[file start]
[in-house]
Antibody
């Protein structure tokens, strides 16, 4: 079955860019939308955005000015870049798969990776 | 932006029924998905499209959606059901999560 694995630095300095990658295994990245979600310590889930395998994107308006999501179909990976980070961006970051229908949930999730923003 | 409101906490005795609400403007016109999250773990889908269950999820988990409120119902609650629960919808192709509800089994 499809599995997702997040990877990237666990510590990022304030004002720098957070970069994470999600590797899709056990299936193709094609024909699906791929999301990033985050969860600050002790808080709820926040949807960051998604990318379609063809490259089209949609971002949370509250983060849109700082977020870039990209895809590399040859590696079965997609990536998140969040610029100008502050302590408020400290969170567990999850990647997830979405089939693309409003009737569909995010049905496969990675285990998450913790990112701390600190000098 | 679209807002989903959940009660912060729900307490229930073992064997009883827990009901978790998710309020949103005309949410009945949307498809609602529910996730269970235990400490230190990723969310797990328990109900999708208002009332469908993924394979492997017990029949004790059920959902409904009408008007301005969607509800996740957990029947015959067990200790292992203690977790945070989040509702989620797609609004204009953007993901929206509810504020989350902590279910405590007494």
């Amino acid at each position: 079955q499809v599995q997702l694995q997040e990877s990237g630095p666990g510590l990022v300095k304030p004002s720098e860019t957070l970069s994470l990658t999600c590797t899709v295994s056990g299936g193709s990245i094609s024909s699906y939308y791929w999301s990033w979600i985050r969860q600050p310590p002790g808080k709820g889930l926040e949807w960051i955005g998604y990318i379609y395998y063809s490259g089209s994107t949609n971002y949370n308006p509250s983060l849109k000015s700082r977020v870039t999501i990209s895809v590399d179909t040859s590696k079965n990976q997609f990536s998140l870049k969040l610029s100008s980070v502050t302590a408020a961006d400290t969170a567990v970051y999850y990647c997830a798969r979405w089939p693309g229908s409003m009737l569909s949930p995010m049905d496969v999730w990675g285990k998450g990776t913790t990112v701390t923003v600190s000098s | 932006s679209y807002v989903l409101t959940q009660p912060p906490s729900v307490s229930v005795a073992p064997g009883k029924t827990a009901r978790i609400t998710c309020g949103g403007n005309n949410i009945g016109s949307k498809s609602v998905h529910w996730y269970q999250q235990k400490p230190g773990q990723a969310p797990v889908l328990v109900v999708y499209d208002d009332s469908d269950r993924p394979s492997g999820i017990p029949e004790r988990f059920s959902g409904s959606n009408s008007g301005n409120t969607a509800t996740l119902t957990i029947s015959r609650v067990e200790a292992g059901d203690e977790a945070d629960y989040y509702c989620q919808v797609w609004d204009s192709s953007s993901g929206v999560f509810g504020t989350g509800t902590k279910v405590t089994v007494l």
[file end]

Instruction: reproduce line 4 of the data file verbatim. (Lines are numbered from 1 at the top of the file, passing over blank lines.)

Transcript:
């Amino acid at each position: 079955q499809v599995q997702l694995q997040e990877s990237g630095p666990g510590l990022v300095k304030p004002s720098e860019t957070l970069s994470l990658t999600c590797t899709v295994s056990g299936g193709s990245i094609s024909s699906y939308y791929w999301s990033w979600i985050r969860q600050p310590p002790g808080k709820g889930l926040e949807w960051i955005g998604y990318i379609y395998y063809s490259g089209s994107t949609n971002y949370n308006p509250s983060l849109k000015s700082r977020v870039t999501i990209s895809v590399d179909t040859s590696k079965n990976q997609f990536s998140l870049k969040l610029s100008s980070v502050t302590a408020a961006d400290t969170a567990v970051y999850y990647c997830a798969r979405w089939p693309g229908s409003m009737l569909s949930p995010m049905d496969v999730w990675g285990k998450g990776t913790t990112v701390t923003v600190s000098s | 932006s679209y807002v989903l409101t959940q009660p912060p906490s729900v307490s229930v005795a073992p064997g009883k029924t827990a009901r978790i609400t998710c309020g949103g403007n005309n949410i009945g016109s949307k498809s609602v998905h529910w996730y269970q999250q235990k400490p230190g773990q990723a969310p797990v889908l328990v109900v999708y499209d208002d009332s469908d269950r993924p394979s492997g999820i017990p029949e004790r988990f059920s959902g409904s959606n009408s008007g301005n409120t969607a509800t996740l119902t957990i029947s015959r609650v067990e200790a292992g059901d203690e977790a945070d629960y989040y509702c989620q919808v797609w609004d204009s192709s953007s993901g929206v999560f509810g504020t989350g509800t902590k279910v405590t089994v007494l």